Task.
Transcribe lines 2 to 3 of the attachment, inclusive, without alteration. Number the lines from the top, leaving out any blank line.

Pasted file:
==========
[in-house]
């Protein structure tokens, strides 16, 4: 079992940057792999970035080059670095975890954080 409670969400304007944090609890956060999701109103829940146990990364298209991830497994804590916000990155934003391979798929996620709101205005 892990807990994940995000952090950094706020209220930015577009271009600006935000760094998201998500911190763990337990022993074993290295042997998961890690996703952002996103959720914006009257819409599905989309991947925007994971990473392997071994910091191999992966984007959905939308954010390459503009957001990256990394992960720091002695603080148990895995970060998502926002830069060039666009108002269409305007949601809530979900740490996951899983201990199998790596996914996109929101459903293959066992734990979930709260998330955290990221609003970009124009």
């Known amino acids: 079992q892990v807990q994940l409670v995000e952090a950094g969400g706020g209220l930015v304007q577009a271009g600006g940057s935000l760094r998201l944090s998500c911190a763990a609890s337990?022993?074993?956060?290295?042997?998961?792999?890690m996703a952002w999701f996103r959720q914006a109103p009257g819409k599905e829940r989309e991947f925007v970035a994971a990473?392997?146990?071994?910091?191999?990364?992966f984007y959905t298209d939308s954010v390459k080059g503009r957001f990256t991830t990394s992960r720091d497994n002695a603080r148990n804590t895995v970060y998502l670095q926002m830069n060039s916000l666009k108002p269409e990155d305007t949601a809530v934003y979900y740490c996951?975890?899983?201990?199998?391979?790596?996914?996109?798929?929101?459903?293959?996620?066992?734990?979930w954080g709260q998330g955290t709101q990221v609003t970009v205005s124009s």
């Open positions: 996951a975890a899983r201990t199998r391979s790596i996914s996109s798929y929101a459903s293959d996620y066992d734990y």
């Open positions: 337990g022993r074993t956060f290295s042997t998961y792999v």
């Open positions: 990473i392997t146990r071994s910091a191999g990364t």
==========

């Protein structure tokens, strides 16, 4: 079992940057792999970035080059670095975890954080 409670969400304007944090609890956060999701109103829940146990990364298209991830497994804590916000990155934003391979798929996620709101205005 892990807990994940995000952090950094706020209220930015577009271009600006935000760094998201998500911190763990337990022993074993290295042997998961890690996703952002996103959720914006009257819409599905989309991947925007994971990473392997071994910091191999992966984007959905939308954010390459503009957001990256990394992960720091002695603080148990895995970060998502926002830069060039666009108002269409305007949601809530979900740490996951899983201990199998790596996914996109929101459903293959066992734990979930709260998330955290990221609003970009124009």
């Known amino acids: 079992q892990v807990q994940l409670v995000e952090a950094g969400g706020g209220l930015v304007q577009a271009g600006g940057s935000l760094r998201l944090s998500c911190a763990a609890s337990?022993?074993?956060?290295?042997?998961?792999?890690m996703a952002w999701f996103r959720q914006a109103p009257g819409k599905e829940r989309e991947f925007v970035a994971a990473?392997?146990?071994?910091?191999?990364?992966f984007y959905t298209d939308s954010v390459k080059g503009r957001f990256t991830t990394s992960r720091d497994n002695a603080r148990n804590t895995v970060y998502l670095q926002m830069n060039s916000l666009k108002p269409e990155d305007t949601a809530v934003y979900y740490c996951?975890?899983?201990?199998?391979?790596?996914?996109?798929?929101?459903?293959?996620?066992?734990?979930w954080g709260q998330g955290t709101q990221v609003t970009v205005s124009s």